THE DEVELOPMENT OF LANGUAGE TEACHING. CURRENT TRENDS IN THE TEACHING OF ENGLISH AS A FOREIGN LANGUAGE. THE COMMUNICATIVE APPROACHES.
OUTLINE 1. INTRODUCTION. 1.1. Aims of the unit. 1.2. Notes on bibliography. 2. THE ORIGINS OF LANGUAGE TEACHING. 3. A HISTORY OF THE TEACHING OF ENGLISH AS A FOREIGN LANGUAGE. 3.1. Key issues: approaches vs. methods. 3.2. Up to the eighteenth century: Thespread of English language teaching in Europe. 3.2.1. Ancient Times. 3.2.2. Europe in Early Times. The decline of Latin. 3.3. The nineteenth century: Approaches and Methods on language teaching. 3.3.1. The Grammar-Translation method. 3.3.2. Individual reformers: Marcel, Prendergast and Gouin. 3.3.3. The Reform Movement: Sweet, Viëtor and Passy. The role of phonetics. 3.3.4. The Direct Method.Natural methods from Montaigne to Berlitz. 3.4. The twentieth century: A communicative approach. 3.4.1. The Communicative Language Teaching Approach. 3.4.2. The influence of sociology and psychology on language teaching. 3.4.3. Approaches and theories of language and language learning. 18.104.22.168. Approaches of language and language learning. 22.214.171.124. Influential theories on language learning. 3.4.4.Language teaching methods. 126.96.36.199. The Oral Approach and Situational Language teaching method. 188.8.131.52. The Audiolingual method. 184.108.40.206. Total Physical Response. 220.127.116.11. The Silent Way. 18.104.22.168. Community Language Learning. 22.214.171.124. Suggestopedia. 4. NEW DIRECTIONS ON LANGUAGE TEACHING. 5. CONCLUSION. 6. BIBLIOGRAPHY.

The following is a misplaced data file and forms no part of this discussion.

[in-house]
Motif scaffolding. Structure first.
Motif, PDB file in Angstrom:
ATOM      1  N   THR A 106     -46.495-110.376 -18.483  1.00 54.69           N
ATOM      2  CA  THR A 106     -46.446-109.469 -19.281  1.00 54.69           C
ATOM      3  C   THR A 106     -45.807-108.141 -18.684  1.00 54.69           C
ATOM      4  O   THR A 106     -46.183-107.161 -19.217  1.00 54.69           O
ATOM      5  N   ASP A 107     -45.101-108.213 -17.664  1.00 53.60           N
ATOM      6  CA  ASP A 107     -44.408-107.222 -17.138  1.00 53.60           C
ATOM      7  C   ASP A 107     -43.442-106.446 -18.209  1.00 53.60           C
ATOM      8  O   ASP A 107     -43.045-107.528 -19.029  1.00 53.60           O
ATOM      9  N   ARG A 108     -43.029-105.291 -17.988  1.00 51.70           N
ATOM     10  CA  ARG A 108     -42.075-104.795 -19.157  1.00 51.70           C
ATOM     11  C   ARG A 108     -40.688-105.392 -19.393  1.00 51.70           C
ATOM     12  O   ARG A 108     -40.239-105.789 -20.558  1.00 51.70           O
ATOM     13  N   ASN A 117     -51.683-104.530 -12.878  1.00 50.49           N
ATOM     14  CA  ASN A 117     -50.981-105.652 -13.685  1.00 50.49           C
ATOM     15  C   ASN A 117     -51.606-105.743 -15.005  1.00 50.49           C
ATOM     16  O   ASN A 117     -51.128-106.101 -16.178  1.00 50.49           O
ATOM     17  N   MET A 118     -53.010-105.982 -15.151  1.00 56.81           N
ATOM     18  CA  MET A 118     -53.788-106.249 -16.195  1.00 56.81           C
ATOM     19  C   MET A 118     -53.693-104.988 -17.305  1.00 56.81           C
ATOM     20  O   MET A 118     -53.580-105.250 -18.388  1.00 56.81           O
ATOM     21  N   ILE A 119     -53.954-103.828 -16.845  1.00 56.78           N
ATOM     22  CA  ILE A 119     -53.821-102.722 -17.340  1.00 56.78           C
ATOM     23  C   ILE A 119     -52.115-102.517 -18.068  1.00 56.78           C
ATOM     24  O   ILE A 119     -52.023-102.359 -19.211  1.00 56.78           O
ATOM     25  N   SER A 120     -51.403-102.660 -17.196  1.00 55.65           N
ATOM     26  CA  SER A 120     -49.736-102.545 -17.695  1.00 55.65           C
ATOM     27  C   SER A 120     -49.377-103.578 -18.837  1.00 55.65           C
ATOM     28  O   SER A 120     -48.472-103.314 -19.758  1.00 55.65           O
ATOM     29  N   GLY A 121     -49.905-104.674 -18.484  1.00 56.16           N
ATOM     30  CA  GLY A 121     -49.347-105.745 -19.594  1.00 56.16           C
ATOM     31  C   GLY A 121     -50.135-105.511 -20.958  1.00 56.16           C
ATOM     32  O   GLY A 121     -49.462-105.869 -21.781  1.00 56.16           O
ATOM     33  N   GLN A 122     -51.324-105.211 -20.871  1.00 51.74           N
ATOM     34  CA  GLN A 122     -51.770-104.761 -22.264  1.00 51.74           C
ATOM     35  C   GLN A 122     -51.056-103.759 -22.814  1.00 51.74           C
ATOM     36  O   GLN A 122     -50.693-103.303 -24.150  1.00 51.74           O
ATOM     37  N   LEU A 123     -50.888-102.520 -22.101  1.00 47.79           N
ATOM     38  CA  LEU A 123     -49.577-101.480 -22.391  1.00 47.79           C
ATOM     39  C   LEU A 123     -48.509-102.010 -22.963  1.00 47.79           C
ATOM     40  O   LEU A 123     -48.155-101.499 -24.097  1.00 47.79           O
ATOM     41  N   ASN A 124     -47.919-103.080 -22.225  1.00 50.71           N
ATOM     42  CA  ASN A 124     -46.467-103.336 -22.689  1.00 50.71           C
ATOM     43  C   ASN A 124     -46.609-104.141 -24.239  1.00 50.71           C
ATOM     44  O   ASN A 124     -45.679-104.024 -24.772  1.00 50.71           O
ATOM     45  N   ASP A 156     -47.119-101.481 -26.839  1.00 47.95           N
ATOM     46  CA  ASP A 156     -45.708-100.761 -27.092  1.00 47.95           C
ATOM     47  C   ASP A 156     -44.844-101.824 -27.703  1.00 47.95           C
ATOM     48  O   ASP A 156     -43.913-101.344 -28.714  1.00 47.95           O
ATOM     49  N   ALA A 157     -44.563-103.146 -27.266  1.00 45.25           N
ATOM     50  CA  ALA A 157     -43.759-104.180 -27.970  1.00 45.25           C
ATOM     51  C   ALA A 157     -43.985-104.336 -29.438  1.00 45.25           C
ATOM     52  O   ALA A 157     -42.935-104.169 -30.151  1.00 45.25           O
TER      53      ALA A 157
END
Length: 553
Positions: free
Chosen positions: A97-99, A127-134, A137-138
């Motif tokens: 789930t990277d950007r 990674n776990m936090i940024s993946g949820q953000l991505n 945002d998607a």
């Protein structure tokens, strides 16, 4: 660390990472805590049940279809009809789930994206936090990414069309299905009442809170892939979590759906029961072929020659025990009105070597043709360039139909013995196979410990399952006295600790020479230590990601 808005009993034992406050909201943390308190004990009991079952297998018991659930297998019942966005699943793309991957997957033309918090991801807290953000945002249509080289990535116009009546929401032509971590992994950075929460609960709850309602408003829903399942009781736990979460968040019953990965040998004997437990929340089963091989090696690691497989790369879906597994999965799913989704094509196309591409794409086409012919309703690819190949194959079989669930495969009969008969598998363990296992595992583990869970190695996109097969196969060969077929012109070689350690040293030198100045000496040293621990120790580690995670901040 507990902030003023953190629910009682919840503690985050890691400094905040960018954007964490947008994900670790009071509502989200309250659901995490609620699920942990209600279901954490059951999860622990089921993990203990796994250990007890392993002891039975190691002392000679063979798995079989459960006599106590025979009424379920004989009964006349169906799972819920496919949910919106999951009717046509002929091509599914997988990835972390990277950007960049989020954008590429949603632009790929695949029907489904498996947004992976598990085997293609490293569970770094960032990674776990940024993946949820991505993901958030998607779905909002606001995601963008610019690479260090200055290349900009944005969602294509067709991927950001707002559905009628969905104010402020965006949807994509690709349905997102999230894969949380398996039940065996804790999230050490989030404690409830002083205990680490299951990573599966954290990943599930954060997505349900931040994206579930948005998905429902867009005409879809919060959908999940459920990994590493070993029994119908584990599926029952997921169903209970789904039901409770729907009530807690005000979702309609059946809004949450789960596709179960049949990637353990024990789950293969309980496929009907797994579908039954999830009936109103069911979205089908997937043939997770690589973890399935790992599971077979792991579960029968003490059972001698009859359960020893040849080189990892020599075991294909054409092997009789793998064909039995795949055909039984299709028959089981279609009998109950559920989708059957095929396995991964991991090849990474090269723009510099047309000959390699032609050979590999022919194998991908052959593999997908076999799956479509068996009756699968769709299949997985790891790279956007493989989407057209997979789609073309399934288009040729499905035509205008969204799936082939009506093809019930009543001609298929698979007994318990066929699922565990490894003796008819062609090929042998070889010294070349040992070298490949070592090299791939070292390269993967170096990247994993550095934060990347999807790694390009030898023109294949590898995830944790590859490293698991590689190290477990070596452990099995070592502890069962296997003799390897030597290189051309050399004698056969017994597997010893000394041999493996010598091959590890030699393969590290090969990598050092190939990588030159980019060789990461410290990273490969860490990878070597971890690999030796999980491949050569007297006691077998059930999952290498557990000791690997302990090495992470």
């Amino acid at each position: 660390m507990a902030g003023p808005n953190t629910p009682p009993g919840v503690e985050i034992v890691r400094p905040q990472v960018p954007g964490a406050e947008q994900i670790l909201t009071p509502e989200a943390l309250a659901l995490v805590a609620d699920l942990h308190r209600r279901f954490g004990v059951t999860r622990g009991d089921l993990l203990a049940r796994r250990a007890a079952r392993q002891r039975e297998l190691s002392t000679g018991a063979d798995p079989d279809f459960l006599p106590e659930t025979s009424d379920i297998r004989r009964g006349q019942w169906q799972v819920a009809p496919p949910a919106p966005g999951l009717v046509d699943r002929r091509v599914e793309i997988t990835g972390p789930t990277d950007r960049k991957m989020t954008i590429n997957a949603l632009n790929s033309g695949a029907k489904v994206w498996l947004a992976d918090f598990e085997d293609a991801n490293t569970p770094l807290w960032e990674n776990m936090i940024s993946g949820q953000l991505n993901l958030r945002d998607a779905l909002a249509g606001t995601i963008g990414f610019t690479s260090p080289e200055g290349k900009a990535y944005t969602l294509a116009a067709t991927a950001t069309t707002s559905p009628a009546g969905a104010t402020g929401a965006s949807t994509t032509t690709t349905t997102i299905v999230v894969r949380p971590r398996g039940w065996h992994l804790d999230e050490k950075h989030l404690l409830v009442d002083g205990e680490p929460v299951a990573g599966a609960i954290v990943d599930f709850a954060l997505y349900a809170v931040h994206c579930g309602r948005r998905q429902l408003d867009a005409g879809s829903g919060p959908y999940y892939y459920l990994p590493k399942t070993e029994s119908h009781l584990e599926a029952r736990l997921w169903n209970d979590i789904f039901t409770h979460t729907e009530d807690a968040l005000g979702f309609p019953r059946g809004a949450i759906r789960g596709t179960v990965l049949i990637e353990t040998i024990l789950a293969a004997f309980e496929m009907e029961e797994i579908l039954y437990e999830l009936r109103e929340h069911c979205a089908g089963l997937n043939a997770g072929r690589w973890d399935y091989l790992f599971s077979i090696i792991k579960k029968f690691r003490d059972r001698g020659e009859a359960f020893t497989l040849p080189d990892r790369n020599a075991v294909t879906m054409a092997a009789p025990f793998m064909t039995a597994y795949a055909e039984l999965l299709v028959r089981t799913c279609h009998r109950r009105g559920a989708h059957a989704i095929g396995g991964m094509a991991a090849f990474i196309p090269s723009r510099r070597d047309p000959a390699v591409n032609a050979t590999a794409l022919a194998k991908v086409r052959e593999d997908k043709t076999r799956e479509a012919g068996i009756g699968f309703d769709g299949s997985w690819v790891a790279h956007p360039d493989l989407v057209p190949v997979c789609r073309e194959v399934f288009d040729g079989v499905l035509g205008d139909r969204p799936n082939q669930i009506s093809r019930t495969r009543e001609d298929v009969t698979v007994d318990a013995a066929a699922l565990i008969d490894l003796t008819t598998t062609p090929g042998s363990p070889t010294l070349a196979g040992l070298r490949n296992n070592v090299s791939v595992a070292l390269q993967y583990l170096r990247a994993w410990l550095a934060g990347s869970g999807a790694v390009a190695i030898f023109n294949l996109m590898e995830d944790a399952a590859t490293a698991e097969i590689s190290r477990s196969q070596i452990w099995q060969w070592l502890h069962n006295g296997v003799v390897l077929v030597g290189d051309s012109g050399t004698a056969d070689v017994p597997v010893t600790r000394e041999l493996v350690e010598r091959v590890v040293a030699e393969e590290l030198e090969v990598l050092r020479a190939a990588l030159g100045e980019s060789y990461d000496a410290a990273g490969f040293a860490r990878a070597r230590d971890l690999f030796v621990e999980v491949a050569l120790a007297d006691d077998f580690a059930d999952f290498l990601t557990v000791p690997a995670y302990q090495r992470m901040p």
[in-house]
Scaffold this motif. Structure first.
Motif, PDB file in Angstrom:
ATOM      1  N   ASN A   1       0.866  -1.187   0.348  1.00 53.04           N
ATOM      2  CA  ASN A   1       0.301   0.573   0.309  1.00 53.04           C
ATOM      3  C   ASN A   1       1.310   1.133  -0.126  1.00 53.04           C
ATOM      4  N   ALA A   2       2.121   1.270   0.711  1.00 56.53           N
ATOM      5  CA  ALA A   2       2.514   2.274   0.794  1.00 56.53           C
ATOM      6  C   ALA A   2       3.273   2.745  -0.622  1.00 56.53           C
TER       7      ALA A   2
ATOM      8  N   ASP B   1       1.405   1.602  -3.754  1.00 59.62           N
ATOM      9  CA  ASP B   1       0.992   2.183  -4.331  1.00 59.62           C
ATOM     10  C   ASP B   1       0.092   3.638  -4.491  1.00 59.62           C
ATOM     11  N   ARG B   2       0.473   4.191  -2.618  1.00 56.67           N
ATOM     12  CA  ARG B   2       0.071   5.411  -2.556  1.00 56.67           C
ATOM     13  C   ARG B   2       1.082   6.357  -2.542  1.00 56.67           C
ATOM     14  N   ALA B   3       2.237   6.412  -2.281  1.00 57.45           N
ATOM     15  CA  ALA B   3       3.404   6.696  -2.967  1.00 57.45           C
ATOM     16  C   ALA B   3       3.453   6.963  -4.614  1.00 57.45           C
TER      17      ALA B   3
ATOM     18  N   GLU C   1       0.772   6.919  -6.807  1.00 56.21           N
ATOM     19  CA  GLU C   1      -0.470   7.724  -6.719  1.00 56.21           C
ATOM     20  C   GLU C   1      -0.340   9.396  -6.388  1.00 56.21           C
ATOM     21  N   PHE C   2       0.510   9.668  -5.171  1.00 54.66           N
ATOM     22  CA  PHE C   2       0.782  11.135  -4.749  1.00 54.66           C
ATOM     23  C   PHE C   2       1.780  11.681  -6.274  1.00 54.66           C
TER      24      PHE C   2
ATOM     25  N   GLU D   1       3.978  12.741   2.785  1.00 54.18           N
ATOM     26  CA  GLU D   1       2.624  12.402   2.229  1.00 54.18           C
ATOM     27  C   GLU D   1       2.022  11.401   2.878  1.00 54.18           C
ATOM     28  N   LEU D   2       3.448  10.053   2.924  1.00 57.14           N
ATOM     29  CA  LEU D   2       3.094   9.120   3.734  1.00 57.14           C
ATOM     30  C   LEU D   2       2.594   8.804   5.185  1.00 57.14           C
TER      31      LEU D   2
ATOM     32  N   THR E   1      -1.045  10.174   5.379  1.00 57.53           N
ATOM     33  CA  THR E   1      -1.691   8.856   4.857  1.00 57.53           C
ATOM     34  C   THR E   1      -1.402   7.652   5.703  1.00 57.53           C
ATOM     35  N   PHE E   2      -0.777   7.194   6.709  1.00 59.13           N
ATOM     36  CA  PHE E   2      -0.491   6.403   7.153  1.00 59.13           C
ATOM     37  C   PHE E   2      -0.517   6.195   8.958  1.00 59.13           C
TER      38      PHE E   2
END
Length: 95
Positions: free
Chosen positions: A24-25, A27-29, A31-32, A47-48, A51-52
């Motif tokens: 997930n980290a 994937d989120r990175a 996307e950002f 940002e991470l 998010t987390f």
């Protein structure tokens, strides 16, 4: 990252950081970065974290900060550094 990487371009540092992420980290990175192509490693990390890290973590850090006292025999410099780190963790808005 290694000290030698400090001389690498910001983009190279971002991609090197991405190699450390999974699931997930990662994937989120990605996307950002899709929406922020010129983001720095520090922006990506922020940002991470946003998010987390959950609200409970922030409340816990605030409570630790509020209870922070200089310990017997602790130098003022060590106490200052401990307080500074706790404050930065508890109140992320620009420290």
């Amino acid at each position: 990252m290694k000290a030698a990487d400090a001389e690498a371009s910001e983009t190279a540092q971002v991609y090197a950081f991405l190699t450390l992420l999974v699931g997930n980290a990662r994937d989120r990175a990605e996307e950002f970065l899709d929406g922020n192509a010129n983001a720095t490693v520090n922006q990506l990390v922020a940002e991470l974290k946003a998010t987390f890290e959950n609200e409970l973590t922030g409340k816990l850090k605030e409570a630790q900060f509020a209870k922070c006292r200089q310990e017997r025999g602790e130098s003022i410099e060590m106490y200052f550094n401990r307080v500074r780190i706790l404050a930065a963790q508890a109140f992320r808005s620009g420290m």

1. INTRODUCTION. 1.1. Aims of the unit. The present work aims toprovide a detailed account of the evolution of language from its origins, as an object of study, to a theory of language teaching . As Albert C. Baugh (1993) states, the basis for an understanding of present-day English and for an enlightened attitude towards questions affecting the language today is a knowledge of its origins. A historical and cultural setting links the nature of language to a theoryof language teaching and a tradition in teaching English as a foreign language from ancient roots to present-day trends. In order to do so, subsequent sections will enable us to become better informed about the different methods, approaches and language acquisition theories on English teaching as a foreign language at different periods, where special attention is paid to present-day communicativeapproaches. For extensive comments, within the framework of different research fields, new directions on language teaching are offered to reflect the learner’s need within the current educational system. In a final section, a conclusion examines the strengths and weaknesses of methods and approaches from a broad perspective. 1.2. Notes on bibliography. Numerous sources have contributed to providean overall basis for the development of the unit. A valuable introduction to the study of language is given by Otto Jespersen, Language: Its Nature, Development and Origin (1922); David Crystal, Linguistics (1985); and Baugh and Cable, A History of the English Language (1993). For a historical overview of the tradition of language teaching, see Jack C. Richards and Theodore S. Rodgers, Approachesand Methods in Language Teaching (1992) and Howatt, A History of English Language Teaching (1984). Among the many general works that incorporate the teaching of English as a foreign language, see especially and Wilga M. Rivers, Teaching Foreign-Language Skills (1981) and on theories of language acquisition, see Krashen, S. D., and T. D. Terrell, The Natural Approach: Language Acquisition in theClassroom (1983). The most complete record of current publications on new directions in language teaching is published by Asociación Española de Lingüística Aplicada (AESLA) and its annual supplements. For a comprehensive overview, see the following collections: Universidad de Alcalá, La Lingüística Aplicada a finales del Siglo XX. Ensayos y propuestas (2001); Universidad de Barcelona, Trabajos...